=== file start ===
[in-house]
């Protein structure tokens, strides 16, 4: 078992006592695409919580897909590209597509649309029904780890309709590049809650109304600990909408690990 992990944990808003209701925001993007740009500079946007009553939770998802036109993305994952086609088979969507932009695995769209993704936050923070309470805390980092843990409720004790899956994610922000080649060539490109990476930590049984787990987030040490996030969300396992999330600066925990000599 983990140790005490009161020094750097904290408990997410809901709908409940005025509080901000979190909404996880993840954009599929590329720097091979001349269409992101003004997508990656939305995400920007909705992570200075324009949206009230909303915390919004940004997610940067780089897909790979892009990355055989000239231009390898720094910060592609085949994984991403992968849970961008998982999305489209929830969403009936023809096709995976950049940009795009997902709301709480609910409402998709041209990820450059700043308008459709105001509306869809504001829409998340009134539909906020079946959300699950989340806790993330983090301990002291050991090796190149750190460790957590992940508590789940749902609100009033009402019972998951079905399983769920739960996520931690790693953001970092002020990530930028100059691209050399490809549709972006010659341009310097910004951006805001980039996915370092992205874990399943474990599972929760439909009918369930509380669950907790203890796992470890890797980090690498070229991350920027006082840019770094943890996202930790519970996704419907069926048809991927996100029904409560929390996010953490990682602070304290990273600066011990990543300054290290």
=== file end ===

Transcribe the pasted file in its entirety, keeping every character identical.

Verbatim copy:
[in-house]
């Protein structure tokens, strides 16, 4: 078992006592695409919580897909590209597509649309029904780890309709590049809650109304600990909408690990 992990944990808003209701925001993007740009500079946007009553939770998802036109993305994952086609088979969507932009695995769209993704936050923070309470805390980092843990409720004790899956994610922000080649060539490109990476930590049984787990987030040490996030969300396992999330600066925990000599 983990140790005490009161020094750097904290408990997410809901709908409940005025509080901000979190909404996880993840954009599929590329720097091979001349269409992101003004997508990656939305995400920007909705992570200075324009949206009230909303915390919004940004997610940067780089897909790979892009990355055989000239231009390898720094910060592609085949994984991403992968849970961008998982999305489209929830969403009936023809096709995976950049940009795009997902709301709480609910409402998709041209990820450059700043308008459709105001509306869809504001829409998340009134539909906020079946959300699950989340806790993330983090301990002291050991090796190149750190460790957590992940508590789940749902609100009033009402019972998951079905399983769920739960996520931690790693953001970092002020990530930028100059691209050399490809549709972006010659341009310097910004951006805001980039996915370092992205874990399943474990599972929760439909009918369930509380669950907790203890796992470890890797980090690498070229991350920027006082840019770094943890996202930790519970996704419907069926048809991927996100029904409560929390996010953490990682602070304290990273600066011990990543300054290290």